Site: NTT Yokosuka R&D Center
Nippon Telephone and Telegraph Corp. (NTT)
Yokosuka, Kanagawa 238-03, Japan
Date Visited: October 22, 1992
Report Author: P. Hager
Dr. Shuichi Samejima
Dr. Takehiro Murase
NTT is the major domestic telecommunications operator, providing many services to over 57 million subscribers. NTT's network consists mainly of optical fiber and microwave transmission systems. NTT is engaged in development of high speed networks, specifically B-ISDN. For the interim, ATM-based B-ISDN at 156 Mbits/sec, is envisioned for dedicated service local area network (LAN) or wide area network (WAN) applications. NTT has ten times more people working on ISDN than on satellite communications.
NTT operates, in combination with terrestrial systems, a satellite demand-assigned system (DYANET) where satellites CS-3a and CS-3b carry the peak traffic load. NTT Yokosuka predicts that for trunk transmission, 0.4% of telecommunications traffic will be carried via satellite even after the terrestrial fiber network is established. Currently, NTT has about 100,000 narrow-band ISDN subscribers with service having started in 1988. This narrow-band ISDN can also be switched through JCSAT satellites.
NTT has five R&D Centers: Musashino R&D Center, Tokyo; Atsugi R&D Center, Atsugi, Kanagawa; Yokosuka R&D Center, Yokosuka, Kanagawa; Ibaraki R&D Center, Naka, Ibaraki; and Software Laboratories, Tokyo.
The NTT Yokosuka R&D Center is comprised of five laboratories and one development center:
NTT Yokosuka facilities include 95,000 square meters of floor space in the main building, with 2,000 square meters of space in the Experimental Satellite Communications Station. A high ceiling spacecraft integration clean room facility appeared to be well equipped. There were no spacecraft inside it at the time of the NASA/NSF panel's visit. They have a large, high-vacuum chamber. There are anechoic chambers here and at other NTT sites.
NTT has about 3,000 employees in R&D centers in the Tokyo area and 1,500 at Yokosuka, of whom 200 are in the Radio Communications System Laboratories. About 60 people in this laboratory are involved in satellite communications system and hardware work. Thirty employees at other centers also perform satellite communications systems R&D. The Radio Communications System Laboratories have a budget of approximately 6 billion yen per year (about $50 million).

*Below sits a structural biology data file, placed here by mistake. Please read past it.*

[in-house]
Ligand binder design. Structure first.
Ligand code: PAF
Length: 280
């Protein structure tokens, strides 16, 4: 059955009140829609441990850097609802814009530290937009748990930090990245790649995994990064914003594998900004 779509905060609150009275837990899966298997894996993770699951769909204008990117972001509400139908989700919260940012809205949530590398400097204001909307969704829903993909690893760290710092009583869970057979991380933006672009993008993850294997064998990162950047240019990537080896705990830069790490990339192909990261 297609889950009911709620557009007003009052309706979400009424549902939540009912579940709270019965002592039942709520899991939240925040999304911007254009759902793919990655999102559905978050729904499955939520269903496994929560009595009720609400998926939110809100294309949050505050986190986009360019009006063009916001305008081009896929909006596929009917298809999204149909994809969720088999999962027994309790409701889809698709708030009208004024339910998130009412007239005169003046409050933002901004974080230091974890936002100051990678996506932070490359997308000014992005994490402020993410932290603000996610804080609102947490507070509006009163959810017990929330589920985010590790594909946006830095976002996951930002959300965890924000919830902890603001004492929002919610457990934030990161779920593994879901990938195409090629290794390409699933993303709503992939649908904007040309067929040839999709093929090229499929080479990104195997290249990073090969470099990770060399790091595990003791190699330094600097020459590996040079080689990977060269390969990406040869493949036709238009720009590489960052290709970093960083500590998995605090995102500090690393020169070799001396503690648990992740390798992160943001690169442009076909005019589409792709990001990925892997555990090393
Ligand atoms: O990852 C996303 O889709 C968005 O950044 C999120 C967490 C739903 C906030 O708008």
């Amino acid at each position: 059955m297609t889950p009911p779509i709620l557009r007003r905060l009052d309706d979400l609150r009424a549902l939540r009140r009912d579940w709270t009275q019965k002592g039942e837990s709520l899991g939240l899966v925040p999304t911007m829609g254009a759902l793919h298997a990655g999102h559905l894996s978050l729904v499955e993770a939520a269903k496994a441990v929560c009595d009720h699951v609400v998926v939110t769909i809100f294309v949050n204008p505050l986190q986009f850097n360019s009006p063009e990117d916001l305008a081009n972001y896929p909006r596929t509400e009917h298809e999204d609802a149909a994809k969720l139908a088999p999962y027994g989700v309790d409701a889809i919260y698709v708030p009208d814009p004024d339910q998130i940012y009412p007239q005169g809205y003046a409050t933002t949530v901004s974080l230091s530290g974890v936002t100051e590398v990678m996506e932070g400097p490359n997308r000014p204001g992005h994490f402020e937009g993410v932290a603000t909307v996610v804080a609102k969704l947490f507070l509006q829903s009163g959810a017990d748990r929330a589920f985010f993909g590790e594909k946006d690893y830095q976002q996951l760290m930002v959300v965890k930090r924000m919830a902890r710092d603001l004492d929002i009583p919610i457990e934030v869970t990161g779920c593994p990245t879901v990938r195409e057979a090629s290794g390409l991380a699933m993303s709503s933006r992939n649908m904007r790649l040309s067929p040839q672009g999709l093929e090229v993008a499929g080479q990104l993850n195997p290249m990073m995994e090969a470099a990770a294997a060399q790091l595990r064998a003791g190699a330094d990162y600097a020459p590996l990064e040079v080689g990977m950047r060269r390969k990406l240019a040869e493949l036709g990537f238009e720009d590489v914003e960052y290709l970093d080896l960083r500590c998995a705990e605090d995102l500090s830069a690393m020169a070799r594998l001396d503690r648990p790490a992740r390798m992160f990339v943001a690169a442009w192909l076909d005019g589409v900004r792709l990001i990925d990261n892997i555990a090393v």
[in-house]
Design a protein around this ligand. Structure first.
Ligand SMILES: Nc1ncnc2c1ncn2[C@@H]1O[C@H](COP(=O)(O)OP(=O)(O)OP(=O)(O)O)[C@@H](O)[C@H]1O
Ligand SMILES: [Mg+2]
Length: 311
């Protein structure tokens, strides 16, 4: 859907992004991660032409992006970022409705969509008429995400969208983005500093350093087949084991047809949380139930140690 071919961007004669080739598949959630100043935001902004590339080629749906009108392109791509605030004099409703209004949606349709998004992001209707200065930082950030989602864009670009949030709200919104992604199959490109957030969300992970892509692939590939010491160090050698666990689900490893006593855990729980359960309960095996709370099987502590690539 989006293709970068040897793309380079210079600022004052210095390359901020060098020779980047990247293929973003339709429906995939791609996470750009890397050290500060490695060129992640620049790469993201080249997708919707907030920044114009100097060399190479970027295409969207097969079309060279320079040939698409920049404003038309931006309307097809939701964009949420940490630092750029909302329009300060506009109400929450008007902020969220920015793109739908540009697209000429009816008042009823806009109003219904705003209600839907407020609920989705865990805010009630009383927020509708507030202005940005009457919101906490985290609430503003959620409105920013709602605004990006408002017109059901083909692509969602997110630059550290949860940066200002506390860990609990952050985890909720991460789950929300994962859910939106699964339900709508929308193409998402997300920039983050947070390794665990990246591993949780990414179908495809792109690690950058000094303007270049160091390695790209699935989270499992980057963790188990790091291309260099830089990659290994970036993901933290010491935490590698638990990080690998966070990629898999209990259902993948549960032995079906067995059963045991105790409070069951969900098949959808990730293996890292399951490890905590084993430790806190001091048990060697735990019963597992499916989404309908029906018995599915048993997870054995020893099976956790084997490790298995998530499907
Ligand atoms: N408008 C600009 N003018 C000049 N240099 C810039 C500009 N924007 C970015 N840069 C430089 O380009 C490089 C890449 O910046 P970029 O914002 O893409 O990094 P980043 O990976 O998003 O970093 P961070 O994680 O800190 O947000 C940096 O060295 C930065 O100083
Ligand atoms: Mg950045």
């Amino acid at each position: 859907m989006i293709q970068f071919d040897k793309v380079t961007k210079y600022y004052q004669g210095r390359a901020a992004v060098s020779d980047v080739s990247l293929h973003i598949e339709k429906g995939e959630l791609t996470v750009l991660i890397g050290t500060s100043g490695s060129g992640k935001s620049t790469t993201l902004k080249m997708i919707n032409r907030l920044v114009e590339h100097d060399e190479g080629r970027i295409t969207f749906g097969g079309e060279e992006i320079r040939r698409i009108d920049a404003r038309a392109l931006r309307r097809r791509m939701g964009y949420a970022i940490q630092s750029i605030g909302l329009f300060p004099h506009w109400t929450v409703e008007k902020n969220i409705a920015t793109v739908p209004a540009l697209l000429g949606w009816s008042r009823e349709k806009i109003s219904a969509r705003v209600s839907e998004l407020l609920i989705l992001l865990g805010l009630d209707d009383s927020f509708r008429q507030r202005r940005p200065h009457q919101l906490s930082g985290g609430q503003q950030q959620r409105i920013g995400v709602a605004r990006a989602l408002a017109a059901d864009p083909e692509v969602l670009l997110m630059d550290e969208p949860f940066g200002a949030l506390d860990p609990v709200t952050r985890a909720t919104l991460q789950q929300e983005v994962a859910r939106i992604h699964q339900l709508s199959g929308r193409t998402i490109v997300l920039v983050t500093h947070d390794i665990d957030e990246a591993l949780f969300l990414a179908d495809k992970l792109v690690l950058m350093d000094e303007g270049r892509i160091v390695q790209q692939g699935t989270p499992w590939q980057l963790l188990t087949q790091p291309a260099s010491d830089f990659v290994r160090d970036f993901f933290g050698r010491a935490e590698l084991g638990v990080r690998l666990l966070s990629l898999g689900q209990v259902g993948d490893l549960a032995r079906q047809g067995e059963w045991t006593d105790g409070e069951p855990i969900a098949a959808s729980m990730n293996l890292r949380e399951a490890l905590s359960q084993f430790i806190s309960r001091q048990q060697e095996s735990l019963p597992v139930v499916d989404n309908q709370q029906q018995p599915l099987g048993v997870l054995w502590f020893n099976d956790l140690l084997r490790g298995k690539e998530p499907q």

Two missions have been defined for the NTT Yokosuka R&D Center:
More generally, NTT Yokosuka R&D Center's mission is to facilitate communications in the "information age" society of the future. This will require sophisticated basic technology including satellite and optical communications technology for high-speed, long-haul bulk information transport; and intelligent processing technology so that people and networks can interact more naturally.
Some key accomplishments of NTT include development of MMICs for satellite OBP (1987), launching of the CS-3 satellite (1988), and development of communications payload equipment for ETS-VI (1989).
As noted above, NTT operates DYANET to carry peak traffic load. This is a 20 Mbits/sec TDMA system with LSI-implemented equipment located at 62 switching centers all over Japan (Kamitsuna 1992). Each center has a dual-feed 20/30 GHz double torus antenna on the roof. NTT has developed a dual-beam antenna with one primary dish. It used two secondary dishes with radiators. This enables simultaneous tracking of two satellites with one dish. The scarcity of antenna mounting areas (on roofs) in Japan justifies this complex design.
CS-3 has ten 20/30 GHz transponders and two C-band transponders, the latter are used for the remote islands. At the end of CS-3's seven year life (1995), N-STAR will take over.
NTT has implemented satellite-based ISDN for limited, remote areas where terrestrial access is not economically viable. Since service was initiated in June, 1992, only six satellite terminals have been deployed, with one ISDN user per terminal. The system uses JCSAT Ku-band transponders. ISDN is transparent to the user.